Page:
Next man up; Al Jefferson filled in acceptably during the injuries to the Pacers other big men.
Domantas Sabonis went down with an ankle injury during a game on March 13th against the Philadelphia 76ers. For the Indiana Pacers, this wasn’t a huge deal. Myles Turner can play heavier minutes with no issue, and Al Jefferson can play 10 minutes or so in a game and not get the Pacers killed.
Obviously, losing Sabonis was a massive bummer. He is solidly better than Jefferson and is one of the only reasons the second unit is actually able to score. But Jefferson’s presence made losing Sabonis slightly more palatable.
In the game Sabonis went down with the injury, big Al filled in for six minutes and was a +3. He always seems to play well against Philly, who has younger big men not accustomed to guarding Al’s play style.
But in Jefferson’s next game against the Toronto Raptors, the optics changed.
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Jefferson does well as a backup center. His awful defense is less of a liability against opposing second units, and he is an offensive talent against whoever is guarding him. But Jefferson’s biggest challenge is his age. He recently crossed 33 years old, and in his older age, he can’t play big minutes. That is why the game against Toronto was a turning point for Jefferson. In that game, Myles Turner injured his ankle, too.
What bad luck for the Pacers, their two best big men going down with an injury in back to back games. It felt like the season was unraveling, and a combination of Trevor Booker and Jefferson did not feel like enough in the post.
But Jefferson played better than anyone could have thought, and altered the narrative.
Against Toronto, the veteran center had 20 points and 12 rebounds on 9/15 shooting. He was making Jakob Poetlt look foolish possession after possession, and he was beating everyone to every rebound. His vintage playstyle was dominant in this game:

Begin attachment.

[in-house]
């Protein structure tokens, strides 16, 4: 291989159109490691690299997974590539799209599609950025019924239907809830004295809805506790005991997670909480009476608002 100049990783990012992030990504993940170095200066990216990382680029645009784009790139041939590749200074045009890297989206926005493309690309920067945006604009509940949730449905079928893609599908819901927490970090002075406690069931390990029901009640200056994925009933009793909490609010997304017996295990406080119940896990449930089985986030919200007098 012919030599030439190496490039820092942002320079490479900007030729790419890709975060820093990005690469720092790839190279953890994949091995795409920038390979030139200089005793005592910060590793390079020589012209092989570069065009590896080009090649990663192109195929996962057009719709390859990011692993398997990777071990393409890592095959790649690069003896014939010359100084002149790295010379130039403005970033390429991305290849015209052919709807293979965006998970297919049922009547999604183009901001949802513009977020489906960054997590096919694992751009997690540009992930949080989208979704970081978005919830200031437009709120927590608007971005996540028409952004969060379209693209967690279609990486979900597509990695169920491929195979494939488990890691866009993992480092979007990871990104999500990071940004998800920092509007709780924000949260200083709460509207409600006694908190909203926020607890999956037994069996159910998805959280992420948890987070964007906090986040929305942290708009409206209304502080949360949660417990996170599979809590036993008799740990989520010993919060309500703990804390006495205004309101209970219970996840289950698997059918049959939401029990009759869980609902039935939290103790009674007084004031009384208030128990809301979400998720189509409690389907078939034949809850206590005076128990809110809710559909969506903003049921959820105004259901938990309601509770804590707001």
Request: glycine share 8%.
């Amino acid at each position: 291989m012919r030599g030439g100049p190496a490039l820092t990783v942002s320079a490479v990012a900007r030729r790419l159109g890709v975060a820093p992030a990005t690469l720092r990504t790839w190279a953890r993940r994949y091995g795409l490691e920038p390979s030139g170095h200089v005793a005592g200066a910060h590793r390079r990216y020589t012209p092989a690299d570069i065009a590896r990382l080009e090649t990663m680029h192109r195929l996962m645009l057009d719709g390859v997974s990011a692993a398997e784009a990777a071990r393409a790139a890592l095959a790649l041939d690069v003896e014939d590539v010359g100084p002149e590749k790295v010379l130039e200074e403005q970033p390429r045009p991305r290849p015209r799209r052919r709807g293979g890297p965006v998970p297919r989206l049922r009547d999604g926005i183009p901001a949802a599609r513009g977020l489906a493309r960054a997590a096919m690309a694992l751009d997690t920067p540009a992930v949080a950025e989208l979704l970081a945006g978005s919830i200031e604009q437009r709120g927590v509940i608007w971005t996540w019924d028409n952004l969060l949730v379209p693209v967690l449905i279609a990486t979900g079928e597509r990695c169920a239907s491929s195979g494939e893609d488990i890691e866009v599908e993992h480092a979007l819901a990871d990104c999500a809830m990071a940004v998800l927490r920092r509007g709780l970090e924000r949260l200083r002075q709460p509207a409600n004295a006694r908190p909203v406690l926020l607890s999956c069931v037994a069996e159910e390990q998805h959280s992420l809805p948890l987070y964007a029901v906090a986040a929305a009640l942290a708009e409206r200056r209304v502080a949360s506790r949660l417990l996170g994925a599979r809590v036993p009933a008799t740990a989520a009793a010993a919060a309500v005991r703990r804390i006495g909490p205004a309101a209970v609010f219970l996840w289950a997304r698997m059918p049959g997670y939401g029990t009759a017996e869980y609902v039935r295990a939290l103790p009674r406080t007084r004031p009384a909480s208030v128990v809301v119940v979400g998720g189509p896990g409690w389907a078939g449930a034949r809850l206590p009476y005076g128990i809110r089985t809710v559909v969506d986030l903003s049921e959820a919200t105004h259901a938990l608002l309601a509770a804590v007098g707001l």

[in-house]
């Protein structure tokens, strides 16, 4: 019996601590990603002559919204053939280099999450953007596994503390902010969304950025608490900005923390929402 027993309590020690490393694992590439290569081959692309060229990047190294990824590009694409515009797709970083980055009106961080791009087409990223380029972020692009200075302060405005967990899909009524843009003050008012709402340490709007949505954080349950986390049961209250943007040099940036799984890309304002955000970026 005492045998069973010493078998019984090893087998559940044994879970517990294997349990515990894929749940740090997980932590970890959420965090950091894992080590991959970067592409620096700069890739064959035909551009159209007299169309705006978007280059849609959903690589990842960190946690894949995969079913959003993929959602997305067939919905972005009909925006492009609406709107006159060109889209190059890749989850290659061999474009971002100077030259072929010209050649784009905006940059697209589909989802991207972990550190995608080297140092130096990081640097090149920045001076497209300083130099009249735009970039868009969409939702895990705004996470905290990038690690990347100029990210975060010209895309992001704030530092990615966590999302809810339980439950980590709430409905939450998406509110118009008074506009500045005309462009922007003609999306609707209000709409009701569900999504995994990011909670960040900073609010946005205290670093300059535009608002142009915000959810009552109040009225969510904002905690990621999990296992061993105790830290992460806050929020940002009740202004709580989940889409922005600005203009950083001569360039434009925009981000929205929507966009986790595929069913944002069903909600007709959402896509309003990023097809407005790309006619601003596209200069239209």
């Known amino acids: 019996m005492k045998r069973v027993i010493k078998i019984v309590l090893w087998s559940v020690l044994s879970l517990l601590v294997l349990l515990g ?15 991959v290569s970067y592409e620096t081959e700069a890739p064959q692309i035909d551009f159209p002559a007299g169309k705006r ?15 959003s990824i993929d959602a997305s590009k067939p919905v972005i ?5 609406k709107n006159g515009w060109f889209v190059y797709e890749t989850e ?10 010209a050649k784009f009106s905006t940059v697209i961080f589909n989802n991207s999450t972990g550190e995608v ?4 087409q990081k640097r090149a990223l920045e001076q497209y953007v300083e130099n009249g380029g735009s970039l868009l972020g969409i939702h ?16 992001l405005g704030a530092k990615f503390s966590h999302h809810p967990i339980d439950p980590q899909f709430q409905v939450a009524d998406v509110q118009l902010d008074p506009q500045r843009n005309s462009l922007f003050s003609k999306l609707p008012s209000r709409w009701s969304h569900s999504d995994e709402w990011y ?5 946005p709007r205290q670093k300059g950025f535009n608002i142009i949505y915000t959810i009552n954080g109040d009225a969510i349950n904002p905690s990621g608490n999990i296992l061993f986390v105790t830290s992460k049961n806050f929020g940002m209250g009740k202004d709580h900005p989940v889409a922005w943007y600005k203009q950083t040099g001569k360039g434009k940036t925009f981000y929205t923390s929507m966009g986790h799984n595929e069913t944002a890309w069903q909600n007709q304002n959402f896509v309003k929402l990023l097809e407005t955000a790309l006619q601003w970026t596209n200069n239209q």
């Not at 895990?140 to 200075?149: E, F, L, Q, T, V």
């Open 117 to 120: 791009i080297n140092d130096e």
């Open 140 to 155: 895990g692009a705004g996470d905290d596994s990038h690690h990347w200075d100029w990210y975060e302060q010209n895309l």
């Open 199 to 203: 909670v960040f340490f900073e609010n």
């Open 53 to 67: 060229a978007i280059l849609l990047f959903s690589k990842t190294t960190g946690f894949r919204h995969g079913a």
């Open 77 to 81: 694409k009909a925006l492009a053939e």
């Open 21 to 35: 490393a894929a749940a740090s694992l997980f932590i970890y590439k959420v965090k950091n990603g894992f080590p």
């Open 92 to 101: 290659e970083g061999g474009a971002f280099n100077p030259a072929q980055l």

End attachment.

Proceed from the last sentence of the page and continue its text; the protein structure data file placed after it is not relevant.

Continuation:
The big fella!
Though the Pacers lost that game, Jefferson was a +3. He found a way, even with his bad defense and outdated style of play, to be a positive player.
The Turner injury forced Nate McMillan to start Al during a game against the Washington Wizards. Jefferson was 4/11 and had 10 points and nine rebounds. It wasn’t a sexy stat line, but it was solid. Jefferson once again kept the Pacers afloat.
Turner returned to the starting lineup the following game against the Lakers, but Jefferson filled in as the backup once again. He blocked two Lakers shots and showed more defensive skill than he ever had before in a Pacers uniform:
All in all, Al showed exactly why he is a member of this team. He isn’t quite good enough to crack the rotation, but he is solid enough to get the job done if any injury is to occur.
He played in five games with Sabonis on the shelf. In those games, he finished 15/35 from the field with 38 points, 25 rebounds, seven blocks. Those are solid numbers, and his play off the bench is a huge reason why the Pacers were able to win two of the five games without Sabonis (and Turner in one of them).
Fans should be happy to have Al Jefferson on the team. He offers a stable veteran presence every day, but he can come in and offer on-court help in a pinch. His contributions during this period full of injuries were huge for the Pacers and should not soon be forgotten.